The CRISPR-Cas9 system has been an effective technology for targeted genome engineering with the capability to efficiently edit a vast array of organisms. However, CRISPR-Cas9 also has a few major disadvantages, including off-target mutations and licensing restrictions. In recent years, these drawbacks have created multiple challenges with upscaling to a commercial product with this particular technology.
As an alternative to the single-guided Cas9 system, Demeetra AgBio set out to validate our proprietary Cas-CLOVER technology by confirming the activity and cutting efficiency of Cas-CLOVER in the plant model organism tobacco.
Recently, we confirmed the activity of Cas-CLOVER in stably regenerated transgenic tobacco by targeted inactivation of the RDR6 gene, widely known to play a role in bioproduction of exogenous proteins. We analyzed the cutting efficiency of our Cas-CLOVER technology using four different pairs of guides targeting the RDR6 gene in tobacco.
The results we obtained from this initial study demonstrates that the Cas-CLOVER system exhibits a range of 10-30% performance in gene editing efficiencies, which is comparable to published results using CRISPR/Cas9. Regarding the potential for upscaling this product, we have found that RDR6 KO published with Cas-CLOVER in plants demonstrated POC in a potentially commercially valuable target. The chart below shows the distribution of cutting efficiencies in Cas-CLOVER edited transgenic plants by Synthego Ice and/or TIDE.
Overall, we concluded that Cas-CLOVER was a comparable alternative to existing technologies, and believe that our proprietary two-guide Cas-CLOVER technology offers an effective alternative to Cas9 for gene editing, as well as having very little to no off-target mutations. However, comparable was not good enough for us, so we decided to optimize cutting efficiencies of Cas-CLOVER in tobacco.
For our optimization experiment we targeted the phytoene desaturase (PDS) gene in Tobacco due to its visually pale and white phenotype. We focused the screening at the sequence level on guide sites 1 and 4. Green, pale mixed, and white shoots were all screened to determine cutting efficiencies. Afterwards, we verified that only white and pale material was edited at an overall average of around 50%+ editing efficiency (white shoots/total shoots from plates).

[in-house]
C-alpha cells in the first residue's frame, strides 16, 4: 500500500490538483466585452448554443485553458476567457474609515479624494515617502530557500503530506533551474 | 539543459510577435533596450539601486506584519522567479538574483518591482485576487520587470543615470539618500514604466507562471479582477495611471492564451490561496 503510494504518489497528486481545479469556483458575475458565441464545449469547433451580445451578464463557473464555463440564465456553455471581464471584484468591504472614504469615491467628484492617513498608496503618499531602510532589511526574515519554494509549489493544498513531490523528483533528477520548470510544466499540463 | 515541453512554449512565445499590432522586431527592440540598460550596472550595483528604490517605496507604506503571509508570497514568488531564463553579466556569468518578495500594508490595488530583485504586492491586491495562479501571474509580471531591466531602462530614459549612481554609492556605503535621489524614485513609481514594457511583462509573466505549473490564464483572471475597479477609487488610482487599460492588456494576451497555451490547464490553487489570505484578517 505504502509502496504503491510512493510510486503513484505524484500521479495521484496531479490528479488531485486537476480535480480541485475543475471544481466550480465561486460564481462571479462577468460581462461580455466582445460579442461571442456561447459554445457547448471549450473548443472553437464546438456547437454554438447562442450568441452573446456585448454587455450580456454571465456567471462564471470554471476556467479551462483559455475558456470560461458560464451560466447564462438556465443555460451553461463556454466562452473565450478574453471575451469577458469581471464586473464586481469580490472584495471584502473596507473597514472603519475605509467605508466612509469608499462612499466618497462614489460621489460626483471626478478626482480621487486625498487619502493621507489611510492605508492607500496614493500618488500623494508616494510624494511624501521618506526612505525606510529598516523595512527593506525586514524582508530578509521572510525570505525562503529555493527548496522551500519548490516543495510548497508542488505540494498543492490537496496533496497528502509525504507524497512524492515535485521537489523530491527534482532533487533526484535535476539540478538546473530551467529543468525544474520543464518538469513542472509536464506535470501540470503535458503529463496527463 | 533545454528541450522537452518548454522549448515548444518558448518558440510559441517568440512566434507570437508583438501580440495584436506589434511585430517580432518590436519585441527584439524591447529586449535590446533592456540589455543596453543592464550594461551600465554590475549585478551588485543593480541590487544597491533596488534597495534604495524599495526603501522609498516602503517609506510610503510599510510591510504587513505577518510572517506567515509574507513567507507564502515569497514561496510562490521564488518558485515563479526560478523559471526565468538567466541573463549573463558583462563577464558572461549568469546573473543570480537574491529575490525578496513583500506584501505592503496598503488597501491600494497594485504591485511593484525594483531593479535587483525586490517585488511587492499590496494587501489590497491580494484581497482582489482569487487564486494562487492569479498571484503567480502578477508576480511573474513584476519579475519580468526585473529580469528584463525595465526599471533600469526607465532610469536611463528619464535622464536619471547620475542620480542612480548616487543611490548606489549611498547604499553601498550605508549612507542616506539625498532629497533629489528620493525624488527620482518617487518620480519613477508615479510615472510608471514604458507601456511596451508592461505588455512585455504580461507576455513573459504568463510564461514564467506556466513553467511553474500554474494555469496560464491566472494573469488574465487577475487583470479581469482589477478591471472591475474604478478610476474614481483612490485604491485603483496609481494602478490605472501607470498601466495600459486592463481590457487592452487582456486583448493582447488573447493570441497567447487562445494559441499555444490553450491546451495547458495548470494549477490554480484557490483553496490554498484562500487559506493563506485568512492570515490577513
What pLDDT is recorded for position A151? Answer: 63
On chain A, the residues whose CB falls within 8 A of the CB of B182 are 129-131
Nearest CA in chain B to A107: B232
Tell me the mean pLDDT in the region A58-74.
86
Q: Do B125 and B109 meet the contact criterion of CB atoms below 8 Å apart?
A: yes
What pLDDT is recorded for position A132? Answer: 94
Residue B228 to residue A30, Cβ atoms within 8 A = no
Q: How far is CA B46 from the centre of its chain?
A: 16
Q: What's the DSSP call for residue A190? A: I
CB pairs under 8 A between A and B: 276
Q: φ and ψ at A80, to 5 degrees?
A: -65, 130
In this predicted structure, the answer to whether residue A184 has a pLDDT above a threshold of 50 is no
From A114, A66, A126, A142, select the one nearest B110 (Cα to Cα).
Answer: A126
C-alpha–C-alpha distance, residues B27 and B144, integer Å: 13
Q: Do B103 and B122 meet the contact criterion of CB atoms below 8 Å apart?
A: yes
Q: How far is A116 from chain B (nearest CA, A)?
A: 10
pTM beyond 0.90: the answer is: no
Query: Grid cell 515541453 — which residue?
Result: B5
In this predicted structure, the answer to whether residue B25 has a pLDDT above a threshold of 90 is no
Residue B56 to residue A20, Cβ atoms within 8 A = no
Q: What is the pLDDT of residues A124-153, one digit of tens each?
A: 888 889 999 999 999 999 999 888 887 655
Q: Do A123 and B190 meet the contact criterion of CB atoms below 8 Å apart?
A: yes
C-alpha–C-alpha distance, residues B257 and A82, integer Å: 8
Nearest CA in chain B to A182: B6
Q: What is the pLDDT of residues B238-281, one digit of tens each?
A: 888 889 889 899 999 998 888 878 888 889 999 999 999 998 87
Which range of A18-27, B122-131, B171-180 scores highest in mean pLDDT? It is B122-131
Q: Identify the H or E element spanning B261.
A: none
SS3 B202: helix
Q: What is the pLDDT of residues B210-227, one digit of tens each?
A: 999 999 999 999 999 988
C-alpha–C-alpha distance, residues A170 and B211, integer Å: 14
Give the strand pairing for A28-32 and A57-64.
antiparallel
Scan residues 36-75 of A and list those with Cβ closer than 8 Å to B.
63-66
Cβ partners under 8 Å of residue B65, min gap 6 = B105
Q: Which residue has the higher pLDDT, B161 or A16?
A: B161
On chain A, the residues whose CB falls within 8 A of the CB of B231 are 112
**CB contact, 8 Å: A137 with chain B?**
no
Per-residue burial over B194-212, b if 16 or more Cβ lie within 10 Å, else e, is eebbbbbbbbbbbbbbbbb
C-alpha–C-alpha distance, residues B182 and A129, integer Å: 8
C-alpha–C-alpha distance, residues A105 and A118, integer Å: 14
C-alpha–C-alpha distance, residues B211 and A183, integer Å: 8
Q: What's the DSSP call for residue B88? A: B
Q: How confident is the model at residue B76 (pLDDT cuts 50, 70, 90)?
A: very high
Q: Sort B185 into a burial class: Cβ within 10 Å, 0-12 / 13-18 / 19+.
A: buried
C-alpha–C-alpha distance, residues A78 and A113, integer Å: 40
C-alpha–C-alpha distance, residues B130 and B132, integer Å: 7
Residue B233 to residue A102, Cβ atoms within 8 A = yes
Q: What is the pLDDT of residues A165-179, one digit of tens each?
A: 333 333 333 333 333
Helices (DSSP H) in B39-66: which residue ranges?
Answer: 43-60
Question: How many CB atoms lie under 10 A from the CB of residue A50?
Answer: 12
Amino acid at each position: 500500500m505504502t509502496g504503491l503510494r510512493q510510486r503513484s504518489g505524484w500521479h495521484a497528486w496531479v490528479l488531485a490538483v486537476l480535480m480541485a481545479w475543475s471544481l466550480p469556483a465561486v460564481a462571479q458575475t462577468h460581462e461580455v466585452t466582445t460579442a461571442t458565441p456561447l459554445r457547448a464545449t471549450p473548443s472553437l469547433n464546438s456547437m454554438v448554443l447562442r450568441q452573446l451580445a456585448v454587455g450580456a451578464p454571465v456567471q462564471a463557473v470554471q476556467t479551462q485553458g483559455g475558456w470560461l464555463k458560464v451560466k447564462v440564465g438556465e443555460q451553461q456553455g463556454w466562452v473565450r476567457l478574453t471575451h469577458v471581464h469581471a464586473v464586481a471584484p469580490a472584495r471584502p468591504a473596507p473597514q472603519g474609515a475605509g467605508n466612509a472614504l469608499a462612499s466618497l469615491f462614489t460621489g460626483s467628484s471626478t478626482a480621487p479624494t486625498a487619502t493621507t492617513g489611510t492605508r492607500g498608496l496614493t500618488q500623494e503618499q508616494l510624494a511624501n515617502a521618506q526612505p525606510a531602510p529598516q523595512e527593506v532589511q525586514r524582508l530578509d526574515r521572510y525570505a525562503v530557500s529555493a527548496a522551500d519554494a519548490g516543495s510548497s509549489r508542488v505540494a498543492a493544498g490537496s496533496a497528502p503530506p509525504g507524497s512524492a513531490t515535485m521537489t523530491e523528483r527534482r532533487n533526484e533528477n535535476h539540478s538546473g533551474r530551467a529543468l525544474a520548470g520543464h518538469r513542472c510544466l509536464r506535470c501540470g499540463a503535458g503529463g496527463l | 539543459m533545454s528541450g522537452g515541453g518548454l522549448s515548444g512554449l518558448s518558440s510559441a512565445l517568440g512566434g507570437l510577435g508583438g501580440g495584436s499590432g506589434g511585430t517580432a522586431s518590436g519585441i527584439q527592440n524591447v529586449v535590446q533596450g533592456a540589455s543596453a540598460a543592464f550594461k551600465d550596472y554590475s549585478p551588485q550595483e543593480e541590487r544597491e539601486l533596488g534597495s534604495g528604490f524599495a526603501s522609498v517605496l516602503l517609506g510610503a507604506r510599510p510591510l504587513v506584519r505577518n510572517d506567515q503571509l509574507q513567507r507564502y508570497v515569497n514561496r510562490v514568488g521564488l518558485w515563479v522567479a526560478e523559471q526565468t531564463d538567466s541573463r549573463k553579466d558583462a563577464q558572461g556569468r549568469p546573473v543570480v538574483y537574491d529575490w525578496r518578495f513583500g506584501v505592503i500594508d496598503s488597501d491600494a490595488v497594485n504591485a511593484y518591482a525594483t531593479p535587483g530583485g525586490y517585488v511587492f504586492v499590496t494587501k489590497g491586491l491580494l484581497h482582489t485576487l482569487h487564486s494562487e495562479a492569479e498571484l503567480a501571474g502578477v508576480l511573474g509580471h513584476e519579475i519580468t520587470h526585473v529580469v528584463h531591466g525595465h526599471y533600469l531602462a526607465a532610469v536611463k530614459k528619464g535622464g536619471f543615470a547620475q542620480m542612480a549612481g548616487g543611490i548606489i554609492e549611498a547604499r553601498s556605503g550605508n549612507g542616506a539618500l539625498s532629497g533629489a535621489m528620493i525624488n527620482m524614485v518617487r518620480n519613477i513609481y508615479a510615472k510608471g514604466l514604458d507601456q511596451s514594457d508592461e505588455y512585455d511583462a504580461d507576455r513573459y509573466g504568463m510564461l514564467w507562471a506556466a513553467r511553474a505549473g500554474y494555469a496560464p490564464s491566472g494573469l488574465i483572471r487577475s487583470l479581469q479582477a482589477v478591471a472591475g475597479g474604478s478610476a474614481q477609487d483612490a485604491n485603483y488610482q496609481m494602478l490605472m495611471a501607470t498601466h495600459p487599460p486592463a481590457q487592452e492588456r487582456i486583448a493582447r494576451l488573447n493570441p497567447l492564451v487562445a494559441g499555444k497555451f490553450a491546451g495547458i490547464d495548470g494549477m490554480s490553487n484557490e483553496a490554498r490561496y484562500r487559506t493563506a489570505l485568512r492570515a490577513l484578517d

After fully optimizing our protocols we enhanced both the number of white/pale shoots per plate and genomic cutting efficiencies up to 90%+.
Genetic modification using Cas-CLOVER was first confirmed by Next-Gen sequencing. Additionally, we analyzed individual transgenic plants using a combination of PCR, sanger sequencing and applications like Synthego Ice and TIDE (Tracking of Indels by DEcomposition).
Cas-CLOVER uses Clo51, a nuclease covered under a set of patents distinct from the CRISPR patents. To our knowledge, there are no known legal entanglements with our Cas-CLOVER patents compared to other gene-editing technologies. Our technology doesn’t contain the ambiguity of CRISPR/Cas9 licensing. Now that we have validated genetic cutting in tobacco with Cas-CLOVER, we hope to be able to advance product development efforts in many other plant species around the world.
We hold the Cas-CLOVER licenses for research and commercial fields of therapeutic bioprocessing, industrial biotechnology & agriculture. We also offer licenses and strategic development partnerships with all of our products.
We offer clear commercial freedom to operate on any plant species, and simple accessible licenses to users. We feel the validated Cas-CLOVER activity in plants is exciting for crop trait development as it allows numerous opportunities. Learn more about our research and how our team can help move your studies forward by contacting us today!
Norman, D., Rector, K., Tateno, M., & Crawford, J. (2020). Targeted editing of Tobacco with Cas-CLOVER™: the clean alternative to CRISPR/Cas9 for plant genome editing. Plant Biology 2020. Demeetra AgBio, Lexington, KY. https://plantbiology2020.ipostersessions.com/Default.aspx?s=F7-2E-1F-D7-8F-B7-07-3F-C4-F2-8A-1C-5E-8B-08-F2